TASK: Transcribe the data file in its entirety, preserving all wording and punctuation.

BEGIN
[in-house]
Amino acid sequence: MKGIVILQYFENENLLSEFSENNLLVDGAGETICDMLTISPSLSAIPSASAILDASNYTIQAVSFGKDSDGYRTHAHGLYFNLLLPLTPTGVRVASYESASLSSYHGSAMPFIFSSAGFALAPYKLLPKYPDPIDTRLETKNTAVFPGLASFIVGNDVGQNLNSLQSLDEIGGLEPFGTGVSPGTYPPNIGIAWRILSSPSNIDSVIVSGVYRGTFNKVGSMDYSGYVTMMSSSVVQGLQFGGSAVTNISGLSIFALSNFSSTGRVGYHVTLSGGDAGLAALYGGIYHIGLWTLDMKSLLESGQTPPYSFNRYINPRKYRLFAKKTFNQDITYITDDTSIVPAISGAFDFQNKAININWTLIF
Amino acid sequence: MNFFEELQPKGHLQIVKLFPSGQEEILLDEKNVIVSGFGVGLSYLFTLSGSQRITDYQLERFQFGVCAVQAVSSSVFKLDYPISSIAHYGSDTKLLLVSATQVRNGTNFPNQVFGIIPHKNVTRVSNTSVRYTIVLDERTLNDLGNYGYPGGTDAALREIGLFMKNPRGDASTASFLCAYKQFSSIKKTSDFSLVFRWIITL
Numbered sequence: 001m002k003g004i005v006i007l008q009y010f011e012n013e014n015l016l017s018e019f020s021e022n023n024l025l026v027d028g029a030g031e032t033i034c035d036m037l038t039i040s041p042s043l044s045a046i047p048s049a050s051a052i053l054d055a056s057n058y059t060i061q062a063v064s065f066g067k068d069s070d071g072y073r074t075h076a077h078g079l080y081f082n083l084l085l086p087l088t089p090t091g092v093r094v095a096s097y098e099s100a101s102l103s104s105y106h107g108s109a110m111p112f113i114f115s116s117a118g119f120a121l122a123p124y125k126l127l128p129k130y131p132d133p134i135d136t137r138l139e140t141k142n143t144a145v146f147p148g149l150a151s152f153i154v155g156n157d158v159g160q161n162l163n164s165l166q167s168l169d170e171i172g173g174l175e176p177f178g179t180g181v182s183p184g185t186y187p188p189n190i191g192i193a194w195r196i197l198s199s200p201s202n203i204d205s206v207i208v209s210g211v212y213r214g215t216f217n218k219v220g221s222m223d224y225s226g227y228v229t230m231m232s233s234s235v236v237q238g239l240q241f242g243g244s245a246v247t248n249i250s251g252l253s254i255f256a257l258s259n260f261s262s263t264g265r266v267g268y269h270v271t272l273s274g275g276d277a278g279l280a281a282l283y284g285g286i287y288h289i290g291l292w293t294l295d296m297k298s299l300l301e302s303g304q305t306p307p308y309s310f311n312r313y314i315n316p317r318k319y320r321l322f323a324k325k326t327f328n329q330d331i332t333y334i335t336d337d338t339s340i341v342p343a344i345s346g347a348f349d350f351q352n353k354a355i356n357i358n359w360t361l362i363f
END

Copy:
[in-house]
Amino acid sequence: MKGIVILQYFENENLLSEFSENNLLVDGAGETICDMLTISPSLSAIPSASAILDASNYTIQAVSFGKDSDGYRTHAHGLYFNLLLPLTPTGVRVASYESASLSSYHGSAMPFIFSSAGFALAPYKLLPKYPDPIDTRLETKNTAVFPGLASFIVGNDVGQNLNSLQSLDEIGGLEPFGTGVSPGTYPPNIGIAWRILSSPSNIDSVIVSGVYRGTFNKVGSMDYSGYVTMMSSSVVQGLQFGGSAVTNISGLSIFALSNFSSTGRVGYHVTLSGGDAGLAALYGGIYHIGLWTLDMKSLLESGQTPPYSFNRYINPRKYRLFAKKTFNQDITYITDDTSIVPAISGAFDFQNKAININWTLIF
Amino acid sequence: MNFFEELQPKGHLQIVKLFPSGQEEILLDEKNVIVSGFGVGLSYLFTLSGSQRITDYQLERFQFGVCAVQAVSSSVFKLDYPISSIAHYGSDTKLLLVSATQVRNGTNFPNQVFGIIPHKNVTRVSNTSVRYTIVLDERTLNDLGNYGYPGGTDAALREIGLFMKNPRGDASTASFLCAYKQFSSIKKTSDFSLVFRWIITL
Numbered sequence: 001m002k003g004i005v006i007l008q009y010f011e012n013e014n015l016l017s018e019f020s021e022n023n024l025l026v027d028g029a030g031e032t033i034c035d036m037l038t039i040s041p042s043l044s045a046i047p048s049a050s051a052i053l054d055a056s057n058y059t060i061q062a063v064s065f066g067k068d069s070d071g072y073r074t075h076a077h078g079l080y081f082n083l084l085l086p087l088t089p090t091g092v093r094v095a096s097y098e099s100a101s102l103s104s105y106h107g108s109a110m111p112f113i114f115s116s117a118g119f120a121l122a123p124y125k126l127l128p129k130y131p132d133p134i135d136t137r138l139e140t141k142n143t144a145v146f147p148g149l150a151s152f153i154v155g156n157d158v159g160q161n162l163n164s165l166q167s168l169d170e171i172g173g174l175e176p177f178g179t180g181v182s183p184g185t186y187p188p189n190i191g192i193a194w195r196i197l198s199s200p201s202n203i204d205s206v207i208v209s210g211v212y213r214g215t216f217n218k219v220g221s222m223d224y225s226g227y228v229t230m231m232s233s234s235v236v237q238g239l240q241f242g243g244s245a246v247t248n249i250s251g252l253s254i255f256a257l258s259n260f261s262s263t264g265r266v267g268y269h270v271t272l273s274g275g276d277a278g279l280a281a282l283y284g285g286i287y288h289i290g291l292w293t294l295d296m297k298s299l300l301e302s303g304q305t306p307p308y309s310f311n312r313y314i315n316p317r318k319y320r321l322f323a324k325k326t327f328n329q330d331i332t333y334i335t336d337d338t339s340i341v342p343a344i345s346g347a348f349d350f351q352n353k354a355i356n357i358n359w360t361l362i363f